Walmart to Stop Selling Handgun Ammo, Asks Customers to No Longer Carry Rifles Into Its Stores

Walmart to Stop Selling Handgun Ammo, Asks Customers to No Longer Carry Rifles Into Its Stores

In a move sure to infuriate the gun lobby, Walmart on Tuesday announced it will no longer sell handgun ammunition. Additionally, the company will ask customers to not open-carry guns in its stores.

The company will also stop selling handguns in Alaska, the only state where it does so.

Walmart CEO Doug McMillon made the announcement in a memo to employees. He cited the recent mass shooting at a Walmart store in El Paso, along with other shootings in Dayton, Ohio and Odessa, Texas, as driving the change. According to CNN, he wrote that

In a complex situation lacking a simple solution, we are trying to take constructive steps to reduce the risk that events like these will happen again. The status quo is unacceptable.

McMillon also said he is writing to the White House and congressional leaders to urge them to find “common sense” gun control measures, including possibly reinstating the assault weapons ban, which was passed under President Clinton in 1994 and allowed to expire under the George W. Bush administration ten years later.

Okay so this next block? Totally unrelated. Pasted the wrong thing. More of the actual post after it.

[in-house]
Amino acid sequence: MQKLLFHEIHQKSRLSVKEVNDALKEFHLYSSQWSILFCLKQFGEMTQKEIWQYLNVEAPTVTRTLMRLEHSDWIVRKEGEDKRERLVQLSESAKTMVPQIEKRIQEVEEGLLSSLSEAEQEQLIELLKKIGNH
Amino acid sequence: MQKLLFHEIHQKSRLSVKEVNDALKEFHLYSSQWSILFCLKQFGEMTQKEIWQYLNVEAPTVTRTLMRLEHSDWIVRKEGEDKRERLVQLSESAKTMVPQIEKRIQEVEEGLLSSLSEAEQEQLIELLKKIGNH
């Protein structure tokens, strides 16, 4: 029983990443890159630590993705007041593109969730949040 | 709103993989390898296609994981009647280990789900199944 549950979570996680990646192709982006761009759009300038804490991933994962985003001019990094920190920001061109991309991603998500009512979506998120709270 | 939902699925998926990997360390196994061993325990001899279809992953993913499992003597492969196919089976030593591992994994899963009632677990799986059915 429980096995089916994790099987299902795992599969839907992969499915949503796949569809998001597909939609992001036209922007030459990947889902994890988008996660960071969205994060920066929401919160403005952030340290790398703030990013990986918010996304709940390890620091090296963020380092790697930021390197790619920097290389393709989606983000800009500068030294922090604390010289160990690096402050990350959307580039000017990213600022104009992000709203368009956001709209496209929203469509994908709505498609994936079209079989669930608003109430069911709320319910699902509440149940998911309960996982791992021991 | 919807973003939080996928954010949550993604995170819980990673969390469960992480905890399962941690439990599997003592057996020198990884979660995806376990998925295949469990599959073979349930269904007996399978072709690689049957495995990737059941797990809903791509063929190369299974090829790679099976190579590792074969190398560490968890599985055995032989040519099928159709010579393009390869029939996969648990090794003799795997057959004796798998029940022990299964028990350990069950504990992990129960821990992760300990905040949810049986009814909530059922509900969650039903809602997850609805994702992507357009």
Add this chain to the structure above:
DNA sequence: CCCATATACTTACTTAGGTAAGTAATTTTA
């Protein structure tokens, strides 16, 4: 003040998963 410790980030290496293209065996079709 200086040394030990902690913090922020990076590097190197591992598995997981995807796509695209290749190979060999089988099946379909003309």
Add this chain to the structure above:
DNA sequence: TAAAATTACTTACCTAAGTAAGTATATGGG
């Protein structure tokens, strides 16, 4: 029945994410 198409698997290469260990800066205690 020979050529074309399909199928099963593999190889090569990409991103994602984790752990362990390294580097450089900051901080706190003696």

Walmart has slowly decreased its gun sales over the years but still accounts for around 20 percent of sales in the ammunition market. The company estimates this latest move will drop it to somewhere around six to nine percent.

The company will still carry hunting rifles and shotguns, as well as ammunition for both. In his memo, McMillon said doing so means Walmart “will be even more focused on the needs of hunting and sport shooting enthusiasts.”

Additionally, customers with concealed-carry permits will still be allowed to carry guns in their stores.

The open carrying of guns in stores appears to be a request of customers to not do so, not a ban on the practice. But it is still sure to anger open-carry advocates.

Read CNN’s story here.

Gary Legum

Gary Legum

Gary Legum has written about politics and culture for Independent Journal Review, Salon, The Daily Beast, Wonkette, AlterNet and McSweeney's, among others. He currently lives in his native state of Virginia.